I originally wrote this as an appendix to my blog about my maternal grandparents emigration to the U.S. from Belarus in 1920, BELARUS to U.S.: 1920-2020, a family story. But now that I’ve updated—perhaps finalized—my Real Democracy webpage I think it useful to have My American Dream as a stand-alone blog.
This is especially true as my American dream seems to be different from the American dream talked about in the media, by politicians, and in general conversation. Indeed, my American dream seems to be different from that of most people in my family–immediate and extended. When I hear other Americans refer to the American Dream, I get images of a house and an automobile, not a council of adults discussing a community issue. How to bridge those dreams? How to achieve something like the Haudenosaunee’s “One Good Mind of Consensus”?
As Charles Mann noted in his book 1491, the Haudenosaunee combined a level of personal liberty that was the envy of the first waves of European colonizers with a highly communal self-governing decision-making process. Even in 1848, the year of the first women’s convention at Seneca Falls, the combination was still strikingly different from European-Americans’ level of freedom and participation in government. The European-American women who organized the convention took the Haudenosaunee League as a model, not vice versa.
I think the webpage speaks for itself — Real Democracy. But this is a good place to repeat my working definition, followed by My American Dream.
REAL DEMOCRACY: A Working Definition
My idea of a real democracy is one where
—All adults participate in all group decisions about all group issues.
—All adults get compensated for doing the work of self-governing (funded sovereignty, a type of basic income).
—The governing document(s) (e.g., U.S. constitution, state constitutions) is re-ratified on a regular basis (e.g., 5-10 years). This will help youth and young adults, as well as immigrants, find entry points into the U.S. power structures, sooner rather than later.
—All children have access to some level of observing the participation, decision-making, compensation, and re-ratification that goes into a real democracy.
MY AMERICAN DREAM, 1951 — ?
For a few years, I was a leader in the “local foods” movement, in Evanston, in the Chicago area, and in Illinois. In 2005, I had co-founded the Evanston Food Policy Council and even though it was an unincorporated grassroots group with no budget and no by-laws, the name made it sound serious. And indeed it was. Indeed I was deadly serious about finally becoming the adult of my dreams, 54 years after my birth in 1951.
From 2005 to 2010 or so, I was invited to all kinds of meetings, sometimes as a speaker. At one of the first Chicago Food Policy Summits, I was part of a team presentation on the Illinois Food, Farms, and Jobs Act of 2007. In my short remarks, I shared a personal meme that I had been carrying around with me since my pre-teens. It was the picture that I had of myself as an adult and had carried with me all those years.
My American Dream, 2008
In my image, embedded in my brain for decades, I was sitting cross-legged on a wooden deck surrounded by a circular wooden fence. I was sitting with the other adults of the community in a circle, a council of peers, discussing a serious and important decision facing our community. The issue was water.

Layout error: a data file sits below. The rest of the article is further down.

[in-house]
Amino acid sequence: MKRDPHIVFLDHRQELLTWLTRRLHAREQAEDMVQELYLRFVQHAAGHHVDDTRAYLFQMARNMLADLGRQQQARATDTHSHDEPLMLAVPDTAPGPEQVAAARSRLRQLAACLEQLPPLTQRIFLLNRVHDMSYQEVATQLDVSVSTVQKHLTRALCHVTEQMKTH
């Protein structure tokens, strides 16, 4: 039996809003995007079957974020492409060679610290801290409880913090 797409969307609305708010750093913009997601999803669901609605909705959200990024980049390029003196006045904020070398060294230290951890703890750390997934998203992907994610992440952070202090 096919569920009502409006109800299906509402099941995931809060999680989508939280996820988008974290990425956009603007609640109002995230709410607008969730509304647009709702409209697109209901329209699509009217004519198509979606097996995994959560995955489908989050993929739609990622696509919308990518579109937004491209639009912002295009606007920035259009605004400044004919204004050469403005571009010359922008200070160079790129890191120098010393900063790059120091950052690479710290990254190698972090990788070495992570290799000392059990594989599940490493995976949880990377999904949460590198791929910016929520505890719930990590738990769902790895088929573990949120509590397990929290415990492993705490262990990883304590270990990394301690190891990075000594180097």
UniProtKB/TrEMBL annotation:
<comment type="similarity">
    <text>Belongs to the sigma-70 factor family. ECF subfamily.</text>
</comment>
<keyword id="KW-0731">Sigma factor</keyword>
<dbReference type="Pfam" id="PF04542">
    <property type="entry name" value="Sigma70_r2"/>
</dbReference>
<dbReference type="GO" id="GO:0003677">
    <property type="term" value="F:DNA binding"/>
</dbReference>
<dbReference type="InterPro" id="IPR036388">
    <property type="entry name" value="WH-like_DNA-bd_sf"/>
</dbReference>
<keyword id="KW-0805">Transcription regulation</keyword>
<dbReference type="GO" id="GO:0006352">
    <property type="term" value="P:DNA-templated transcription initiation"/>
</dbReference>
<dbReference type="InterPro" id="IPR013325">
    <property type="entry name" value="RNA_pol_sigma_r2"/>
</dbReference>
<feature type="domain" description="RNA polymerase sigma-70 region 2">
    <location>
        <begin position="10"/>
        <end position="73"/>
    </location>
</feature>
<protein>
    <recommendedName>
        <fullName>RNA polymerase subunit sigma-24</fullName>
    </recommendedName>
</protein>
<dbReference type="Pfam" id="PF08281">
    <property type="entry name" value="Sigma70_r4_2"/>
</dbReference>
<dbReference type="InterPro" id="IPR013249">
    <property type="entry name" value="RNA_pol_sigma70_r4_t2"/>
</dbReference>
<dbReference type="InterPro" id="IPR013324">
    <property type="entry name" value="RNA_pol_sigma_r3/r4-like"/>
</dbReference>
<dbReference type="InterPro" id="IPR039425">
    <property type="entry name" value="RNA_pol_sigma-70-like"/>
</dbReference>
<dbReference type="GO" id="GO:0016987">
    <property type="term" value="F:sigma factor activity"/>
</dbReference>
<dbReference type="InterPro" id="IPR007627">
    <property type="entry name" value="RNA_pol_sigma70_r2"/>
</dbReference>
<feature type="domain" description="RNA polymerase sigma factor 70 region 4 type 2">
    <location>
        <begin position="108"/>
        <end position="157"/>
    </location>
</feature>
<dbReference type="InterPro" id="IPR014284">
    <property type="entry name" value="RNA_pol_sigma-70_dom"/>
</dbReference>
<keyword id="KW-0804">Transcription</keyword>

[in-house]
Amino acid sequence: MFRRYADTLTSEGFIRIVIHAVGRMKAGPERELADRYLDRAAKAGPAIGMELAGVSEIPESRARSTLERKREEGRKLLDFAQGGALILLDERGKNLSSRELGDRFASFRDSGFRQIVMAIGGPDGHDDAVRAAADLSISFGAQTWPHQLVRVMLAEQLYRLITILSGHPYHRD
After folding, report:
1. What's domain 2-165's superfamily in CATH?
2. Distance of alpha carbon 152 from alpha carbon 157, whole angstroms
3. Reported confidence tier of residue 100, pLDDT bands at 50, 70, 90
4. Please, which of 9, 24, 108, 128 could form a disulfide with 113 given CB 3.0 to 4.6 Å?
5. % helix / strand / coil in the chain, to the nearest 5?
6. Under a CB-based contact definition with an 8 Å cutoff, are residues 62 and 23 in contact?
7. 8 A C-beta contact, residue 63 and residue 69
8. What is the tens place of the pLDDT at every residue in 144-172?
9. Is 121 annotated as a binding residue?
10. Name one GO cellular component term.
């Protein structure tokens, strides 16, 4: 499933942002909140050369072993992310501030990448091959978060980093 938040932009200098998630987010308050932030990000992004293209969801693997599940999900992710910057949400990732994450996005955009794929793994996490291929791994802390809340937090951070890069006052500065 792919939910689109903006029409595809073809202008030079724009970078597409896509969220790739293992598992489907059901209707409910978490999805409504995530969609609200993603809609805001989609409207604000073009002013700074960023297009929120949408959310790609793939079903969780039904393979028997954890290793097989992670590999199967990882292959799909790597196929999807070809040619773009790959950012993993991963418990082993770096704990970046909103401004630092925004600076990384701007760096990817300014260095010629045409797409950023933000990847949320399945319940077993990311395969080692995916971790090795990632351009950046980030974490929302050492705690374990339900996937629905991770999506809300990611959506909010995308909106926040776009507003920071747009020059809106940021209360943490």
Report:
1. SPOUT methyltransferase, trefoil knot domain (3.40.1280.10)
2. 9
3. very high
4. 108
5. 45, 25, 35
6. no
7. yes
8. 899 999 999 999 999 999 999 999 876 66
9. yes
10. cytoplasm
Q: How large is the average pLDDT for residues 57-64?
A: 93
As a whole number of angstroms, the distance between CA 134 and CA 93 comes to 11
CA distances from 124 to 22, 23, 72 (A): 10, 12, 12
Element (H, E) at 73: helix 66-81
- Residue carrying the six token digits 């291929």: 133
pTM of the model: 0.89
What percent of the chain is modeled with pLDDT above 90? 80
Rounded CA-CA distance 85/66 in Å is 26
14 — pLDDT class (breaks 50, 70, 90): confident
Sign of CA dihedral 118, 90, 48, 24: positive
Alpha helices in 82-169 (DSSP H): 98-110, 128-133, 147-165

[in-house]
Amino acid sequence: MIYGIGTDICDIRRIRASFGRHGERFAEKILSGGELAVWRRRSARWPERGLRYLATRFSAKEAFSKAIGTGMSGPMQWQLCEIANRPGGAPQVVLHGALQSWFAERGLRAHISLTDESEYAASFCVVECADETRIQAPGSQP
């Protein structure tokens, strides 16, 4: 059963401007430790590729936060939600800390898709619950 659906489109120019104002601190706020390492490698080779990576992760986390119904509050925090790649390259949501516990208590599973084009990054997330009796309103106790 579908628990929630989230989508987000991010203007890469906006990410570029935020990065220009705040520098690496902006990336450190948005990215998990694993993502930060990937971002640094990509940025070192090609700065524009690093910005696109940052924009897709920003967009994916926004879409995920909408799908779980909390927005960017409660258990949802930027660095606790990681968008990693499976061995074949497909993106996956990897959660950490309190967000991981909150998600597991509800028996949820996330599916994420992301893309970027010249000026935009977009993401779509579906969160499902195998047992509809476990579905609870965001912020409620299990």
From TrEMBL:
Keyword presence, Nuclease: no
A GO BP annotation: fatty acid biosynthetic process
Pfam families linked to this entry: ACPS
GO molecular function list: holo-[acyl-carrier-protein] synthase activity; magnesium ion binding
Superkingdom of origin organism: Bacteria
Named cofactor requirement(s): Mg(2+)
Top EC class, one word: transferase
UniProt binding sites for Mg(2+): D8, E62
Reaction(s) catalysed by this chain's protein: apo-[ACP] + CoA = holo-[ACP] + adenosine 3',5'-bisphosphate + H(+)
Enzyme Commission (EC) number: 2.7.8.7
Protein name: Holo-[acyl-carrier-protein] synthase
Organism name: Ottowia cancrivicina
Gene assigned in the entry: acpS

Standing on a small stage in 2008 in the Chicago Cultural Center, a grand place for a grand people’s gathering, I compared my personal vision to what the local foods movement was creating—a place where ALL adults sit together in council to discuss a basic community need—food. Hence the food policy council — FPC — as a piece of central infrastructure of the local foods movement, even though, to this day, most food folks are not interested in the policy piece.
I now see that that image was my version of the American Dream, the image that I must have started crafting in 7th or 8th grade when we studied the U.S. Constitution under the tutelage of Mrs. Sylvia Light, the history teacher at Solomon School on the far north side of Chicago. Mrs. Light was unabashedly devoted to the ”promise of America” and to the rule of democratic law as delineated by the U.S. Constitution. Our assignment for the semester was to re-write the entire Constitution in our own words.
My American Dream, 2020
Years later, a new friend of mine, a retired Chicago Public Schools teacher who grew up in Albany Park, just south of my neighborhood, told me how so many of the Jewish teachers in CPS during the 1950s and 1960s were so in love with the U.S. The reasons were obvious: either their families had emigrated to the U.S. just before the Nazis began overunning Europe or they were actual survivors of the Holocaust.
Mrs. Light’s assignment caused me to fall in love with constitutions, with the U.S. Constitution, and with the process of writing constitutions as a group process, ostensibly open to all. Only now, at the age of 69, do I fully understand that “We the People” was not intended to mean ALL the People.
I wish I had my 7th grade version of the U.S. Constitution today. But I had crafted it so lovingly, decorated with watercolor drawings, that Mrs. Light asked me if she could keep it. I was too flattered to say no.
The good news is that I have gone on to learn about other constitutions, especially the homegrown constitution drafted by and for the Haudenosaunee League, indigenous peoples of the northeast woodlands of North America. The Great Law of Peace predates the U.S. Constitution by about 500 years and is now the sum and substance of my American dream.
For some details and current indigenous resources on the Great Law of Peace, see my 2018 blogpost:
In Case of Constitutional Crisis…Start here: The Great Law of Peace.